“In a sense, these higher levels of aflatoxin can overwhelm the testing protocol,” Whitaker said. “There is nothing wrong with your testing protocol; what is happening is more aflatoxin-contaminated lots are in the system and more contaminated lots are accepted for export.” These conditions all lead to greater risks for exporters and importers.

The solution for exporters, Whitaker advises, is to be prepared in bad years and not wait for more shipments to be rejected in the European Union. Rather, if warning signs (such as higher levels of insect damage or poor quality) begin to show up, or climate conditions have predicted a tough year for quality, then the percentage of lots rejected by the almond industry export sampling protocol can be used by handlers to adjust their criteria for passing consignments in the U.S. to reduce lots rejected in the European Union.

A key potential strategy during these years is to test shipments at a lower tolerance; for example, at 5 ppb instead of the standard 10 ppb. This greatly reduces the chances that shipments will be rejected overseas and gives the handler the option to manage the quality on this side of the ocean through additional processing or to seek alternate markets where tolerances are higher than the European Union. This is precisely what the industry decided to do for last year’s crop, as the Almond Board of California (ABC) Board of Directors approved the change that went into effect in April 2018. And this strategy is paying off: since lowering the accept criteria in the U.S., we have seen a decrease in rejections in the EU.

The strategy for modifying the almond industry export sampling plan is based upon a scientific study[1] conducted by Whitaker and Almond Board staff to show the effect of high levels of aflatoxin contamination in almonds on the percentage of U.S. lots rejected at their destination by the European Union.

A general discussion about random variability associated with sampling, sample preparation and quantification associated with a mycotoxin testing protocol can be found at this YouTube video.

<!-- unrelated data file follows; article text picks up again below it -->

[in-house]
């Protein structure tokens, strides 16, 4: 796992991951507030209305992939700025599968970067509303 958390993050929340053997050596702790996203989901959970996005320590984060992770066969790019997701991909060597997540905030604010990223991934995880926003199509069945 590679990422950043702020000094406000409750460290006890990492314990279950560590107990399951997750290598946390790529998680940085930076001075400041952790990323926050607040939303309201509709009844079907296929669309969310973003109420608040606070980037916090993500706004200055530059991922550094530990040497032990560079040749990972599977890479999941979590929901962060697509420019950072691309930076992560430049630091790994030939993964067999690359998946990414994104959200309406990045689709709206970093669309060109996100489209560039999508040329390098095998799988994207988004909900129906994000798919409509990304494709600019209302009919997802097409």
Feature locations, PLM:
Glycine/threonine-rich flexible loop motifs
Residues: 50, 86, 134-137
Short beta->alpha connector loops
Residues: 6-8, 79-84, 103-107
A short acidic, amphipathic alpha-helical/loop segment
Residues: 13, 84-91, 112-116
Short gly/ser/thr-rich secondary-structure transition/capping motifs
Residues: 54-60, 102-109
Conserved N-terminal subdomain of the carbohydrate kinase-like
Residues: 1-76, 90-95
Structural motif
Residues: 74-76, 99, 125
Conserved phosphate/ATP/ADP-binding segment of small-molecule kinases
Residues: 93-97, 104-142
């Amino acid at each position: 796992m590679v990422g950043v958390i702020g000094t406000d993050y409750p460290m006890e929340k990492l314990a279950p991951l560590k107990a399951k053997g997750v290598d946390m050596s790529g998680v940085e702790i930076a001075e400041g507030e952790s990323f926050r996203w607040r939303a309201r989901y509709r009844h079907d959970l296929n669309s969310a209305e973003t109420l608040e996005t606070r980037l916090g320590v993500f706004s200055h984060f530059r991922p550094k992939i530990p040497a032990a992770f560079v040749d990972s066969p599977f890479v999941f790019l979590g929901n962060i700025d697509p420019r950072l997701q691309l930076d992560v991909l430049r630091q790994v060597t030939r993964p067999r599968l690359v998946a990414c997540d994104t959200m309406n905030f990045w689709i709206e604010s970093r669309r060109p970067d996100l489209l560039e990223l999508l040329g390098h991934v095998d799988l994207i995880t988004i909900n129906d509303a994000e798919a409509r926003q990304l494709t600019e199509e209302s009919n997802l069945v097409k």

Success Key to Maintaining Confidence in Almonds

“Though aflatoxin is a natural occurrence when growing almonds, and some variability in test results is expected, managing the issue carefully is an important priority for the Almond Board of California,” said Julie Adams, ABC vice president of Global Technical and Regulatory Affairs.

[1] Whitaker, T., Slate, A., Adams, J., and Birmingham, T. 2010. Number of export lots rejected in the EU due to USA sampling plans and aflatoxin contamination levels among lots tested. World Mycotoxin Journal, 3:157-168.

“While countries do accept that there is a certain degree of variability in the crop,” Adams said, “the priority is always going to be compliance with that country’s food safety standards and regulatory requirements. When we are met with conditions such as higher insect damage, it’s a challenge we must manage, because it can potentially undermine an importing country’s confidence in our food safety system.”

Minimizing rejections of shipments helps maintain confidence among importers, customers and government authorities, while also avoiding adverse outcomes for exporters.

“We understand this can be a really frustrating and economically challenging situation,” Adams said. “That’s why it is important for us to not only work closely with our industry here in California, but to also keep the authorities export markets aware of the steps we are taking to manage the situation and minimize the opportunity for rejections.”

Handlers wanting to learn more about aflatoxin can find resources on the Almond Board website or contact Tim Birmingham at